Manziel Tops All Individual NFL Jersey Sales Adidas, Champs Sports Create Instagram Series USA Swimming Launches New Campaign Chevy Lauds Global Benefits Of ManU Deal Marketplace Roundup Sporting KC Names VML Official Marketing Partner NBA To Debut Jerseys With First Names For Xmas Arkansas Files Trademark For Hog Call Chant Patriots Sue Bacardi After Rum Maker Nixed Deal Cycling Teams May Become Fixed Franchises
Upcoming Conferences and Events
SBD/February 19, 2013/Marketing and Sponsorship
Nike, Oakley Among Sponsors Now Distancing Themselves From Oscar Pistorius
Published February 19, 2013
TOUGH TO SPIN THIS: The GLOBE & MAIL's Bruce Dowbiggin writes, "Some will say Pistorius, the Paralympic legend, deserves due process." But this is "marketing, the realm where perception is reality." Dowbiggin: "This isn't a Tiger Woods sexual misconduct. Or Manti Te'o's imaginary girlfriend. This is a brutal domestic murder. You don't spin O.J. Simpson." By "procrastinating on Pistorius, the corporate types are doubling down on their initial bad investment, tying their brand to a horrific domestic incident" (GLOBE & MAIL, 2/19).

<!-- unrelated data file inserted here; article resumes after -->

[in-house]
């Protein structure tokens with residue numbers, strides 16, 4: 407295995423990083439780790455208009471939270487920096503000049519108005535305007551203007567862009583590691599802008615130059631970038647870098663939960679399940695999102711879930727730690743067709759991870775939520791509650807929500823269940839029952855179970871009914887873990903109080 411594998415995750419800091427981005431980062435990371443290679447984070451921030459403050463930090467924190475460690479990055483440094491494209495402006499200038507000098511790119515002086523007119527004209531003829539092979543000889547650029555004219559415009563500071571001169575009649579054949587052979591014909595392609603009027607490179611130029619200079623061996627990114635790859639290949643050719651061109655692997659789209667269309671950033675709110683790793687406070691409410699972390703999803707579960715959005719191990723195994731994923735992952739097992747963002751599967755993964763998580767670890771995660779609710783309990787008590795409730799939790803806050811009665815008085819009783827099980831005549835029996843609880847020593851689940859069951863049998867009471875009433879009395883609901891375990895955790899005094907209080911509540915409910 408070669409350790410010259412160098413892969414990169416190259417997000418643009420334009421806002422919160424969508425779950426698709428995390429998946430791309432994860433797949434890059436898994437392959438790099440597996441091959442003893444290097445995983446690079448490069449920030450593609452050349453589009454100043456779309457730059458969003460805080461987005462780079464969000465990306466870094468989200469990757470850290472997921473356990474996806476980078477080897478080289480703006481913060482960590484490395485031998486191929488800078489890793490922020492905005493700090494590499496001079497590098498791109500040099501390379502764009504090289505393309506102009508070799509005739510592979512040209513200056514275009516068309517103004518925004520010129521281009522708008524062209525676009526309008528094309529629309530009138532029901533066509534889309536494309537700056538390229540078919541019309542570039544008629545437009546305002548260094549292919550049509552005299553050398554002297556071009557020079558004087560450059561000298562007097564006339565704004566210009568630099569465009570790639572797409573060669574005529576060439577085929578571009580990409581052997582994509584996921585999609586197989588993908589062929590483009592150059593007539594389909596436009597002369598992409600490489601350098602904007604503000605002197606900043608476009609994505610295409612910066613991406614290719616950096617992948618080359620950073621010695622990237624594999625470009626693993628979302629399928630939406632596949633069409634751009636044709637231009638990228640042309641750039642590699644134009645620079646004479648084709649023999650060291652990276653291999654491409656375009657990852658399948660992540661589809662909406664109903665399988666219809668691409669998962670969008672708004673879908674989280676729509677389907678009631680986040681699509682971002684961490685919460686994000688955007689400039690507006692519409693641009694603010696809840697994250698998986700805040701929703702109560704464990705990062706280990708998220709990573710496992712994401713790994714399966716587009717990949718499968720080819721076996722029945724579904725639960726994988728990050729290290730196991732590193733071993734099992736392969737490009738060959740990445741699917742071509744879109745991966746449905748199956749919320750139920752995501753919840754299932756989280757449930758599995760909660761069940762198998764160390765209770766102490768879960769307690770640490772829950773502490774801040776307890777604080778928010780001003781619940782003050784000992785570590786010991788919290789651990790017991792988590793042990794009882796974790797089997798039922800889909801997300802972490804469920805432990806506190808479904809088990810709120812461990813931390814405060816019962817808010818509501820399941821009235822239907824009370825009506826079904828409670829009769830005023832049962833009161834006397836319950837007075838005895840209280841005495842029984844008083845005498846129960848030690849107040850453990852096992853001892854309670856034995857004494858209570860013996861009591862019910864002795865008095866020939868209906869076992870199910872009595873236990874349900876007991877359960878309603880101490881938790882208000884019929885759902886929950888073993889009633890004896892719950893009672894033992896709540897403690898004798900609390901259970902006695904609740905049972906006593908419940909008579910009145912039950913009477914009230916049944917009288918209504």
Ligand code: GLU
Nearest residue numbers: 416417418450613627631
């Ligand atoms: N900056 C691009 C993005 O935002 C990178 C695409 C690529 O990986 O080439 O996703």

BACKLASH FOR NIKE? While Nike has deals with Woods and Eagles QB Michael Vick despite their scandals, PR Consulting Group President & CEO Jim Haggerty said Pistorius' case is "more serious because it involves homicide." Haggerty said Nike should, "at the very least, suspend their relationship until an absolute determination of whether he's guilty is determined." CNN's Ali Velshi asked, "When something like this happens, do you think there's anybody not buying Nike product because of it?" CNN's Christine Romans said, "I really don't. In the case of a company that's tied to an athlete they try to step back very quietly when something like this happens." Romans noted Pistorius was "very well-known in South Africa, not necessarily globally." Nike "has a lot of people they sponsor. I think this quietly goes away and I don't think those sponsorships come back for him" whatever the outcome of his case ("Your Money," CNN, 2/16). SportsCorp President Marc Ganis said that Nike will "have a harder time avoiding societal backlash stemming from a controversial Pistorius ad that proclaims, 'I am the bullet in the chamber.'" He said, "It's going to be used to demonstrate that Nike is tone-deaf. The ad that likely very few people paid attention to before is going to get worldwide attention, and it's an ad that never should have been made in the first place" (BOSTON HERALD, 2/16).